By Alan Pergament
Notes left from the cutting room floor:
If you missed the Sunday premiere of the new HBO series, "Last Week Tonight with John Oliver," you missed a very funny bit featuring the Buffalo Jills.
The bit addressed the lawsuit filed by five of the cheerleaders over their low pay and how they were treated.
In a feature entitled "Workplace of the Week," Oliver named the National Football League as the first winner for the way it treats the Jills and the cheerleaders for other teams. Or should I say allegedly mistreats them.
The hysterically-funny bit included some of the absurd rules about weight and hygiene that the Jills are apparently supposed to follow.
Of course, the Jills lawsuit was fodder for late-night comedians days before Oliver's show aired.
His show has obvious similarities to what he did during a summer run as the substitute host for Jon Stewart on Comedy Central's "The Daily Show."
That's a disadvantage since "The Daily Show" airs four nights a week before Oliver gets a crack at things.
But Oliver has a couple of advantages, too. His show doesn't have to bleep out curse words, as "The Daily Show" does.
And his show doesn't have to worry about offending advertisers because it is on a pay-cable network and doesn't have any.
Besides the jokes at the NFL's expense, one of the funnier bits on last Sunday's premiere had Oliver illustrate some of the absurd claims that advertisers make about the food products they are pitching.
Oliver's show airs at 11 p.m. on Sundays, which gives regular viewers of "Mad Men" a problem. The series about adman Don Draper doesn't end until 11:04 p.m. because AMC is busy selling so many commercials.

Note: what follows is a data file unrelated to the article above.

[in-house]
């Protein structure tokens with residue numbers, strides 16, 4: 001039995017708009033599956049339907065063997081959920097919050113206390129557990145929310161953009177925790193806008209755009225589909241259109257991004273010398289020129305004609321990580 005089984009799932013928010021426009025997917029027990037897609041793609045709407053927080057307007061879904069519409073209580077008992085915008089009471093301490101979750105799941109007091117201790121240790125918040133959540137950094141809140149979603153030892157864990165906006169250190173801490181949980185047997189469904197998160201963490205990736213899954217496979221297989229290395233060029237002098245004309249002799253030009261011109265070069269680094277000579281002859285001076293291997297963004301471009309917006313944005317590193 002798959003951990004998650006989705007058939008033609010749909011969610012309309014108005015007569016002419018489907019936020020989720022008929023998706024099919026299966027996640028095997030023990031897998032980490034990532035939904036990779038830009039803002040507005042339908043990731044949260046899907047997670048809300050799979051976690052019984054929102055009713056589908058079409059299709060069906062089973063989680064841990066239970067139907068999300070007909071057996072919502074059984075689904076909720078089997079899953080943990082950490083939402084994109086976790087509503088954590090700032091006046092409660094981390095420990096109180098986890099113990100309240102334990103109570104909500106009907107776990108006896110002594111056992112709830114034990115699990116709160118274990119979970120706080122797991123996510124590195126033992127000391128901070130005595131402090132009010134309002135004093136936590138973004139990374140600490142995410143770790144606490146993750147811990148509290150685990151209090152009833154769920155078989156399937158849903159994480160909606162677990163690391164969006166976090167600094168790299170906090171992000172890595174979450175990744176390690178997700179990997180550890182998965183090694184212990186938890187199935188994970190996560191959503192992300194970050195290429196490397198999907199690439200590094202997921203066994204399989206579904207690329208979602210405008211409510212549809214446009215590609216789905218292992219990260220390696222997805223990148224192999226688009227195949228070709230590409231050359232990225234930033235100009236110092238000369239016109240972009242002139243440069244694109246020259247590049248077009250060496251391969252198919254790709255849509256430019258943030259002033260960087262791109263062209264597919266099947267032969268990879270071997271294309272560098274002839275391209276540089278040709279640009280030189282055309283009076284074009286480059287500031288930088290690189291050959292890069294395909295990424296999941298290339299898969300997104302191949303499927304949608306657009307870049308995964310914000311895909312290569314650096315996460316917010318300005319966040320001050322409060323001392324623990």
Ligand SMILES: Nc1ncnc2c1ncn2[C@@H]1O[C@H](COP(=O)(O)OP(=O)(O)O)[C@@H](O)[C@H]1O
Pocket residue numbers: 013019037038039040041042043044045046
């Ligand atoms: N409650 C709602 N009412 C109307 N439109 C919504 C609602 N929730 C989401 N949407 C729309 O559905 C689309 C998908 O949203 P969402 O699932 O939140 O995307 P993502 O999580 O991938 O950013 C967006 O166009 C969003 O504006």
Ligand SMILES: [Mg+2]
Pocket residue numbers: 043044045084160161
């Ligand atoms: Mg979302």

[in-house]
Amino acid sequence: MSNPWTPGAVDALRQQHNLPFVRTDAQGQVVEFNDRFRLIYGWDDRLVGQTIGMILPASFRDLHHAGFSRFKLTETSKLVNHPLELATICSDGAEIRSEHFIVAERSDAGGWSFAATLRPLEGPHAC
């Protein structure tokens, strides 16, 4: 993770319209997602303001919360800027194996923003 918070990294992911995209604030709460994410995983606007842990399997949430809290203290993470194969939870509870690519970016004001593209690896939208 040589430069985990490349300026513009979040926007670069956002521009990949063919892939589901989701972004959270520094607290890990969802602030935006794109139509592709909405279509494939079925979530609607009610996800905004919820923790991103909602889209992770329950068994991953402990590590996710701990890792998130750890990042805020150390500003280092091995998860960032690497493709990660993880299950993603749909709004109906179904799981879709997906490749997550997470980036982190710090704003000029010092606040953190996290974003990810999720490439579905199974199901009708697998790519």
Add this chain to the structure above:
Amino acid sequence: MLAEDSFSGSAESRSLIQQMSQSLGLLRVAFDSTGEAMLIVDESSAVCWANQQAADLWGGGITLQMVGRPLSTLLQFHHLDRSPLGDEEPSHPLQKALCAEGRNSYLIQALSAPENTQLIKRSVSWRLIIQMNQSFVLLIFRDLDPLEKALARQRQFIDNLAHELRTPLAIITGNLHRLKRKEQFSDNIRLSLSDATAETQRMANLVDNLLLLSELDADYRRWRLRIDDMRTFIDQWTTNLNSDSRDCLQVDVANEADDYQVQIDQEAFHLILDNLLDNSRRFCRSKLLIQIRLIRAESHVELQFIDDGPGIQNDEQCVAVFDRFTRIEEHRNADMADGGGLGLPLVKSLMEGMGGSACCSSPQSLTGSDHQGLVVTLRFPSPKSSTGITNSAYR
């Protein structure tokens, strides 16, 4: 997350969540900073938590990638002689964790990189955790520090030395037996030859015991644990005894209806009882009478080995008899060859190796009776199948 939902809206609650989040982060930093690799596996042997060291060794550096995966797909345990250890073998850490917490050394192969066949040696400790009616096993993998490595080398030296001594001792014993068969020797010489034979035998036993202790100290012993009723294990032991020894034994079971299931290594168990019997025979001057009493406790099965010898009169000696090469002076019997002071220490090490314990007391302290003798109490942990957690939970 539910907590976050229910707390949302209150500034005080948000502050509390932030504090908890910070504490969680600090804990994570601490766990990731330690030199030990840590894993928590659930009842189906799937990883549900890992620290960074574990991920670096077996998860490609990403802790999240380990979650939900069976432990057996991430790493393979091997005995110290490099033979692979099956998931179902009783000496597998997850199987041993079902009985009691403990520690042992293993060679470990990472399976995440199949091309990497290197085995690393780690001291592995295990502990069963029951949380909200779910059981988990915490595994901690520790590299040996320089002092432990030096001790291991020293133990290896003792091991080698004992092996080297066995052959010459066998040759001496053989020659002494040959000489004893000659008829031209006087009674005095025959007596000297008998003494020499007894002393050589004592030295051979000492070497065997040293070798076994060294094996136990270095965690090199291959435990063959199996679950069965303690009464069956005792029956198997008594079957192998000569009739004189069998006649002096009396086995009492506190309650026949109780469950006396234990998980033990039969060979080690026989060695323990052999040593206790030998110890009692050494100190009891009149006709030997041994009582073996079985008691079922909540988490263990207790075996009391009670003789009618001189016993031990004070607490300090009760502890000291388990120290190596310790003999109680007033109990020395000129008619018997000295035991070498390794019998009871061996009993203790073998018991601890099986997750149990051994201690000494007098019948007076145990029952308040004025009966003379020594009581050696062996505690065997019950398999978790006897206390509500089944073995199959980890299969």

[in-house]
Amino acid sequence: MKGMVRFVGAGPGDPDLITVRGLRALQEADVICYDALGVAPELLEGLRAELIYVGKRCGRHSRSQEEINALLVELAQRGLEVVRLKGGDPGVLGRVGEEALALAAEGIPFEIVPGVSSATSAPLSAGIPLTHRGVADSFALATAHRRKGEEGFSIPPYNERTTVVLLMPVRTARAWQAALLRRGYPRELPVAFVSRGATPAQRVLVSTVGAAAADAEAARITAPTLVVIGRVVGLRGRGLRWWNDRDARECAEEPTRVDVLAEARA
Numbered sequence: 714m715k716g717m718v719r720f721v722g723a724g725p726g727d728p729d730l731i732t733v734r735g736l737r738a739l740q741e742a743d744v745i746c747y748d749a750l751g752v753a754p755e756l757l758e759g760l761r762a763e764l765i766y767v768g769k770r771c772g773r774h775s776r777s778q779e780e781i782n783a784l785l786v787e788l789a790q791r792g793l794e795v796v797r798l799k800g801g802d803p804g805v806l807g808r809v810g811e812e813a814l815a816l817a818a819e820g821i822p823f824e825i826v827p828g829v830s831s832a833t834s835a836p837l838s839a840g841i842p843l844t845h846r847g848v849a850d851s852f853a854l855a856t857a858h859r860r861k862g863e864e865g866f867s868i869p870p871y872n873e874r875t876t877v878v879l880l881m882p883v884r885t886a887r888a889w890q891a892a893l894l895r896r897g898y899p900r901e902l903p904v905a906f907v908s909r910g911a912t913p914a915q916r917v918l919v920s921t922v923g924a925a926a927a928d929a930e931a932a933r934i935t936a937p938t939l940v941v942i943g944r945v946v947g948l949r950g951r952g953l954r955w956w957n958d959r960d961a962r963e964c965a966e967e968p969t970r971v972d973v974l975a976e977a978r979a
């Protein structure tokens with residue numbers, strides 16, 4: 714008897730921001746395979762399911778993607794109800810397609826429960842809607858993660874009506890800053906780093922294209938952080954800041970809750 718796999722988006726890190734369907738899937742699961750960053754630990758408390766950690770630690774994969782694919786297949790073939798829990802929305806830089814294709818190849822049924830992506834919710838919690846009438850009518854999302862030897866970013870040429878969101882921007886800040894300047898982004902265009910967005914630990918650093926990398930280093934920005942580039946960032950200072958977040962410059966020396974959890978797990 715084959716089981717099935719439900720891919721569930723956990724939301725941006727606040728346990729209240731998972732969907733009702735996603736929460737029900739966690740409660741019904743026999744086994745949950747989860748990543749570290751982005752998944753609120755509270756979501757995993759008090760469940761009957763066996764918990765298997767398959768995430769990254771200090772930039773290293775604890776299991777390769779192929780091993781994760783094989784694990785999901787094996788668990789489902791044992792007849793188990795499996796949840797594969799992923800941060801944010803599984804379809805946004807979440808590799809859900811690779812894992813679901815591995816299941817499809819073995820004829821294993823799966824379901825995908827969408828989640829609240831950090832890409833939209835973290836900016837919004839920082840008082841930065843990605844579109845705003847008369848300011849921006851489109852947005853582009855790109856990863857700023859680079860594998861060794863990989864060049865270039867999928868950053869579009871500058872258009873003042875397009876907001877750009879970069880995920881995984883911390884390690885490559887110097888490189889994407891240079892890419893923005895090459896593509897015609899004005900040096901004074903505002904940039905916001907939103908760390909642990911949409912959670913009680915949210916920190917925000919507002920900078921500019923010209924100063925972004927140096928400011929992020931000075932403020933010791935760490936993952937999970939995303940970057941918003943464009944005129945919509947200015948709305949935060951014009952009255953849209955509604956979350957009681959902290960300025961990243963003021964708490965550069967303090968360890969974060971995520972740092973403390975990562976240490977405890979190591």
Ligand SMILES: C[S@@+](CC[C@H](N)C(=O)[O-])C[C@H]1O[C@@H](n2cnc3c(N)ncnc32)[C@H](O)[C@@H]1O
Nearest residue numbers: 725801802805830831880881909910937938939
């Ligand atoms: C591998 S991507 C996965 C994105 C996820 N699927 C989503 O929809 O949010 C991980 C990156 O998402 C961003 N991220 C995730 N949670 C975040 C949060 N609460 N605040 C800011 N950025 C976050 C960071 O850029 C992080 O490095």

After Thursday’s blog on Maryalice Demler's latest ad-lib, somebody whispered in my ear to say something nice about Channel 2.
The station recently earned five regional Edward R. Murrow Awards in the small TV market category. I would think that would take the sting out of being ignored at the recent Buffalo Excellence in Media Awards (BEMAs).
Kidding. Channel 2's regional Murrow Awards are just further evidence of why it is hard to take the BEMAs seriously.
The regional Murrow Awards, which featured competition with TV stations in New York, New Jersey and Pennsylvania, were dominated by local stations Channel 2 and Channel 4.
Channel 2 won for overall excellence, TV newscast, news documentary, hard news reporting and sports reporting.
Channel 4, which dominated the BEMAs, earned three regional Murrow Awards for its continuing coverage of the Buffalo schools crisis, for investigative reporting of the Wilson House Explosion and for its news series, "Dicey Dining."
Of the 12 awards that are listed on the Murrow website, Channel 2 and Channel 4 won two-thirds of them in their region.
The regional winners head to the national competition, with winners announced next month.
Jena Irene, the "American Idol" contestant from Detroit with Western New York roots, made it to the final five Thursday night. She appears to be one of the favorites, if not the favorite.
Her success doesn't seem to have translated into strong ratings locally.
The two-hour performance edition of "Idol" on Wednesday had a 7.8 rating on WUTV, the local Fox affiliate. And Thursday's half-hour results show only had a 5.2 rating on WUTV. "Idol" continues to be on a ratings slide nationally as well. During its glory years, "Idol" had ratings in the 20s here.
taggedNew Shows | Sports | Sports on TV | Television | TV news